Cool weather and rain are helping fight the fire threatening Fort McMurray

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Cooler temperatures and calmer winds have helped contain the wildfire in Fort McMurray, a relief for firefighters preparing for a prolonged battle against the flames.

Four neighborhoods on the southwestern edge of the oil sands center remain evacuated as the fire continues to burn just a few kilometers from the community.

The order to disperse came Tuesday as the fire nearly doubled in size and forced 6,600 people from their homes.

The fire continues to burn out of control and now covers nearly 21,000 acres of forest along the south side of the Athabasca River valley, less than four miles from the edge of the community.

Officials said the weather will determine how the fire spreads and when it is safe to return.

Municipal and emergency officials will provide an update on the wildfire and efforts to protect the evacuation zone during a press conference today at 10 a.m. MT.

Jody Butz, regional fire chief, Josee St-Onge, public information officer for Alberta Wildfire, and Sandy Bowman, mayor of the Regional Municipality of Wood Buffalo, will speak at Thursday’s press conference.

The weather forecast for Thursday calls for afternoon highs of 11°C and up to 20 millimeters of rain before nightfall.

“I woke up to what seemed like really favorable conditions,” Fort McMurray firefighter Mark Stephenson said in an interview Thursday morning.

“It’s raining. The ground is wet. And it’s cooler today.”

“I hope for a good day for Fort McMurray.”

The fire threatening Fort McMurray is now 3.5 miles (5.5 km) from the city landfill on the edge of the core and less than three miles (5 km) from the intersection of Highway 63 and Highway 881, the only roads leading south.

A smaller fire was discovered three kilometers north of Fort McMurray on Wednesday. As of Thursday morning, the area was less than an acre in size and did not pose a threat to the community.

The neighborhoods of Prairie Creek, Beacon Hill, Abasand and Grayling Terrace make up the evacuation zone where firefighters are now deployed.

An evacuation warning remains in effect for the rest of the city and many surrounding communities, with residents urged to prepare to leave immediately at any time.

In the most at-risk areas, crews are clearing any debris that could cause sparks and dousing homes and businesses with fire retardant. Part of the effort includes cannon-equipped water bubblers that can shoot enough water into fire-prone trenches every 90 minutes to fill an Olympic-sized swimming pool.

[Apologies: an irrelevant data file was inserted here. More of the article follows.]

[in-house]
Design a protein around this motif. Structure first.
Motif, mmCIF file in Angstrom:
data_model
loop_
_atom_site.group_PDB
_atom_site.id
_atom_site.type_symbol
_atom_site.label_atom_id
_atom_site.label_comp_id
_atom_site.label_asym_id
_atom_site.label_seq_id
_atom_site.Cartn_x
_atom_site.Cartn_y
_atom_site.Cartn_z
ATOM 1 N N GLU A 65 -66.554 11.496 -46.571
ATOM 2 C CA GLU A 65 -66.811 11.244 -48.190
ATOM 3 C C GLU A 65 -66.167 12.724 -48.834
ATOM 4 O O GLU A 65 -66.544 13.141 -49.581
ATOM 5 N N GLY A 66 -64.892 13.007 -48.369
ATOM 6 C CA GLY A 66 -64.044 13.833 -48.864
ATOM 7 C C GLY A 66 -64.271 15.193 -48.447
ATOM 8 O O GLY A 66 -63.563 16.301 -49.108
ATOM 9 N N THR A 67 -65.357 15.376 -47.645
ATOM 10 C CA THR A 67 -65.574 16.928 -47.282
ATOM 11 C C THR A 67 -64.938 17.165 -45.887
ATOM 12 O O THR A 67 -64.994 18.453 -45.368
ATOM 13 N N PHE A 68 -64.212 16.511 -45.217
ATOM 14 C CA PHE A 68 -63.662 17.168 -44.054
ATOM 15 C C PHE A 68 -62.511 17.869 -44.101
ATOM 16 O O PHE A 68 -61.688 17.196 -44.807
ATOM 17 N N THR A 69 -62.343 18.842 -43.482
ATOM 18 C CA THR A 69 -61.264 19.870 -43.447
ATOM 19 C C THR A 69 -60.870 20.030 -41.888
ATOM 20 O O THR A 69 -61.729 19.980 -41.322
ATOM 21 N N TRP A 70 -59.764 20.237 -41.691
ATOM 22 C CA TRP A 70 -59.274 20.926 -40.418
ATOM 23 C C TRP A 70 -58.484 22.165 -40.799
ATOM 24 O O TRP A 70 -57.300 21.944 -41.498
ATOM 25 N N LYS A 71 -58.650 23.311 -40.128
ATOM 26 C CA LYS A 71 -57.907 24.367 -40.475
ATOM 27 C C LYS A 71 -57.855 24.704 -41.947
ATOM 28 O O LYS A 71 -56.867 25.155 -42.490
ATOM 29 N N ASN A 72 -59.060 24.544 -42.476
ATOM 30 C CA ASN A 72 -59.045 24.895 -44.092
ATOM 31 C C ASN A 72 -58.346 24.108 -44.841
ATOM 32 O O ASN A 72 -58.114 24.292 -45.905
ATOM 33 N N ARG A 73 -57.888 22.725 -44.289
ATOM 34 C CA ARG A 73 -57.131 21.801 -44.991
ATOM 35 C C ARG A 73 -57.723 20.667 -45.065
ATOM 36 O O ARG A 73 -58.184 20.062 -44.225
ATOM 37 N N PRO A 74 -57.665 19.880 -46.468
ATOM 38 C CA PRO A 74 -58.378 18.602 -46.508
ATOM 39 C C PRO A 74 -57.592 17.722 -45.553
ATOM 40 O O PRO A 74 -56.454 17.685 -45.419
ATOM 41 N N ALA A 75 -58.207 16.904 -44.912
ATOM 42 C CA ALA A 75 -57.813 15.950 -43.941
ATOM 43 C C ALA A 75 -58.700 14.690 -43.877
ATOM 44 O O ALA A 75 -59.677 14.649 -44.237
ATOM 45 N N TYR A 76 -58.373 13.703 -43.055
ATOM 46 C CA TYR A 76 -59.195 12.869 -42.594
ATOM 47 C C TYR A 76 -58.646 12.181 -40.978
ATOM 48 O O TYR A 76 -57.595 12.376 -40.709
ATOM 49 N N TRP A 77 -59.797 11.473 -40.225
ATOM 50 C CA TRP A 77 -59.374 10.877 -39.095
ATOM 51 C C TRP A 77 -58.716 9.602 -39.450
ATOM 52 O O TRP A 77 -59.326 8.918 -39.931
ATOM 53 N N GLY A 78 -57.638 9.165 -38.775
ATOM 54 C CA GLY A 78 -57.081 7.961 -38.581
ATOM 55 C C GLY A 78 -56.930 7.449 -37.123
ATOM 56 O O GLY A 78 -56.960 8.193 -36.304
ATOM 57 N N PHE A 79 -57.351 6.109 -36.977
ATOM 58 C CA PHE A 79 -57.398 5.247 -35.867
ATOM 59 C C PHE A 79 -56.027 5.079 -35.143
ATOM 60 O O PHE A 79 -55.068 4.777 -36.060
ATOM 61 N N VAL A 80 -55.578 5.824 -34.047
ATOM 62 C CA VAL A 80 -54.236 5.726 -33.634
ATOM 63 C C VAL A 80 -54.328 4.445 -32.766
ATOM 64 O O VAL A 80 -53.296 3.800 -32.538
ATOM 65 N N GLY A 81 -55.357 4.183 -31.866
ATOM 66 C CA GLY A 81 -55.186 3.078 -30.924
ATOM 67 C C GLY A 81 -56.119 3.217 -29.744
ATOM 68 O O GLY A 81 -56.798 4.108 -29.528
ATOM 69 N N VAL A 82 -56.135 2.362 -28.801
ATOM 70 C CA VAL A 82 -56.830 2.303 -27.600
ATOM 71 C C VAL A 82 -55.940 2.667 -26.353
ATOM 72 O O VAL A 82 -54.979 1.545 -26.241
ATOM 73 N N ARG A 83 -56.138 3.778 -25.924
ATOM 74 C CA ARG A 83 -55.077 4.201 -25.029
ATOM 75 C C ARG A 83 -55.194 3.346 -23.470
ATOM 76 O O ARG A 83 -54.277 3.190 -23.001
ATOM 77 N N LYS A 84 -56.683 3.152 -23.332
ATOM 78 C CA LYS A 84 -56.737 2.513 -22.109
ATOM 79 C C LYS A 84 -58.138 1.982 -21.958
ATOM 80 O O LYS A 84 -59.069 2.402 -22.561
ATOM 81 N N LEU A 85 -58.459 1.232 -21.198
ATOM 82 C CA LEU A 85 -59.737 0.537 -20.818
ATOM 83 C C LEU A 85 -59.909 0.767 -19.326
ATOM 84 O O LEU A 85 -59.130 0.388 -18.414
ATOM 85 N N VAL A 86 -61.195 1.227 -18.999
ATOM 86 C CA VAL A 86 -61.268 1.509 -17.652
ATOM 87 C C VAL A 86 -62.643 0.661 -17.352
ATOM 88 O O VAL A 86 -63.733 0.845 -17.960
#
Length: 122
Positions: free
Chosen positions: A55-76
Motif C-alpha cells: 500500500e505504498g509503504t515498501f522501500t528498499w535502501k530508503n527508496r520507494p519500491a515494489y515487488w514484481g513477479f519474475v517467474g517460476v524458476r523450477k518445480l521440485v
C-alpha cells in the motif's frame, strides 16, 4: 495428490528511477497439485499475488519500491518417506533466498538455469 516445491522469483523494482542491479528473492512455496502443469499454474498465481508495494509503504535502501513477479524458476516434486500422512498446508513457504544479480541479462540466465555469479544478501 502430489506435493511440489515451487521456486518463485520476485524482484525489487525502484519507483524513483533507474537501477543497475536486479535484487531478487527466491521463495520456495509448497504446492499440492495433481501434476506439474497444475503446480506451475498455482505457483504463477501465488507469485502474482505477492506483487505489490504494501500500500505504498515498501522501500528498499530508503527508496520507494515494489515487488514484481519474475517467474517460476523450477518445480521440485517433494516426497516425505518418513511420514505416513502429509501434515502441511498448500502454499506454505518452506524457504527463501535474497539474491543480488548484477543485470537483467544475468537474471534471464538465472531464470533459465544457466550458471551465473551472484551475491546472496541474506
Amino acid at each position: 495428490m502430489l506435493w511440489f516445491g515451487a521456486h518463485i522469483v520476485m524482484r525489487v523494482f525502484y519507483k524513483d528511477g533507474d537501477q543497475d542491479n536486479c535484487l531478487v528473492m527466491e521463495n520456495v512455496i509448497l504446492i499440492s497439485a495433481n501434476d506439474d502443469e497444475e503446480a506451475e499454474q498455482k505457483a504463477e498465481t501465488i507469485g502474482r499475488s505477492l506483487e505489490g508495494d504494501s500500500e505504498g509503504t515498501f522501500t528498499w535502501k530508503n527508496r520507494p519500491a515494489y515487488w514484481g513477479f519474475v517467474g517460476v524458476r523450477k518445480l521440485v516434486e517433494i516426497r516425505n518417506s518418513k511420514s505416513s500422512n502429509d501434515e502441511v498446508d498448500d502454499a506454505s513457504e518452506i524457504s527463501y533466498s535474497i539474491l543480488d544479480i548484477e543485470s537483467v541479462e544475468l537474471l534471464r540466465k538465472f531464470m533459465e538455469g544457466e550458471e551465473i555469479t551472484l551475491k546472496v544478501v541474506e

“The system was developed after 2016,” said Derek Sommerville, wildfire specialist with Alberta-based Fire and Flood Emergency Services.

“We can travel long distances. This frees up traditional mobile resources such as fire trucks and helicopters to address higher priority areas.”

The six-kilometer-long hoses, powered by a battery of 600-horsepower pumps, are an example of how Alberta appears to be better prepared for such threats than it was eight years ago.

“With the communications that have come out, they are definitely a little more prepared,” said David Warwick, a resident of one of the evacuated neighborhoods.

The wildfire threatening Fort McMurray spread quickly Monday, fueled by shifting winds. The wildfire threatening Fort McMurray spread quickly Monday, fueled by shifting winds.

The wildfire threatening Fort McMurray spread quickly Monday, fueled by shifting winds.

The wildfire threatening Fort McMurray spread quickly Monday, fueled by shifting winds. (Alberta wildfire)

This is the second time Fort McMurray, a city of 68,000, has been forced to flee the flames. In 2016, more than 2,000 houses were destroyed and 80,000 people were displaced from the city and surrounding areas.

Mark Stephenson, a firefighter in Fort McMurray for many years, watched his own house burn in 2016. As his wife and children were rushed to safety this week, he stayed behind to battle the flames again.

After the fire in 2016, he recovered a few small belongings from the rubble of his house, including his son’s piggy bank. His son took the memento with him when he left Fort McMurray with his mother on Tuesday.

Stephenson said knowing his family was safe helped him focus on the task ahead. In his opinion, the crews are better prepared for this time.

The strength and expertise of the emergency response has increased, while the strength of this fire pales in comparison, he said.

“I hope none of our neighborhoods are touched.”

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